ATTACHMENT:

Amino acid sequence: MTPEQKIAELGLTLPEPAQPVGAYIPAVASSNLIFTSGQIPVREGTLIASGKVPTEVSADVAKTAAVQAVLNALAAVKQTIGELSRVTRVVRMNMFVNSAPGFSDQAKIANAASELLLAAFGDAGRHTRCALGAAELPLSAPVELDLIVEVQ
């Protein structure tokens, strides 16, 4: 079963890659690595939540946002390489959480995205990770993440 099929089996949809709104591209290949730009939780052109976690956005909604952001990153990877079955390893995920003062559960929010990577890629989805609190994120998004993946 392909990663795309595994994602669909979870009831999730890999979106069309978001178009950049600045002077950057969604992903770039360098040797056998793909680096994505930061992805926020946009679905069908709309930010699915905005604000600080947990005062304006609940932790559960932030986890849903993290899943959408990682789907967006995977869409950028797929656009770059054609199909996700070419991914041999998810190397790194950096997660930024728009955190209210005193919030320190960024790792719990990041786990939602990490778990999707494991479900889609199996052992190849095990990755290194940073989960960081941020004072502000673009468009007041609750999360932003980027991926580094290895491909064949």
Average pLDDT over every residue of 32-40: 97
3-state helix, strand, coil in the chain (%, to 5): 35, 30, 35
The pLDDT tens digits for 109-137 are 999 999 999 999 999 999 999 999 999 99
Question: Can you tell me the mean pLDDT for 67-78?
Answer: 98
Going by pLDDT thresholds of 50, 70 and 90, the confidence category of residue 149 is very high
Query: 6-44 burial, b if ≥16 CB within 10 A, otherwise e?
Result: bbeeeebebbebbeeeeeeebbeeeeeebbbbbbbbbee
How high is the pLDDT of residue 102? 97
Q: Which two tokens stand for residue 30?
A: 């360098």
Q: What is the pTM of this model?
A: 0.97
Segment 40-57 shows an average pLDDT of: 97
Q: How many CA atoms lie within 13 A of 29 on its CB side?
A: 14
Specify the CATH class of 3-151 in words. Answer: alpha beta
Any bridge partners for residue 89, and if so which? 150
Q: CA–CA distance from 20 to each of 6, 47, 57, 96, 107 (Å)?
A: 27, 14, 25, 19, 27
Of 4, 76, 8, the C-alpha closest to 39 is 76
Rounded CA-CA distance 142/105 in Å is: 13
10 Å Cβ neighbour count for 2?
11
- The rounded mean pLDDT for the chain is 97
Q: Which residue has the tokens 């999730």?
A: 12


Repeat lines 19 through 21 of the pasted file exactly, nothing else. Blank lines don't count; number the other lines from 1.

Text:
Specify the CATH class of 3-151 in words. Answer: alpha beta
Any bridge partners for residue 89, and if so which? 150
Q: CA–CA distance from 20 to each of 6, 47, 57, 96, 107 (Å)?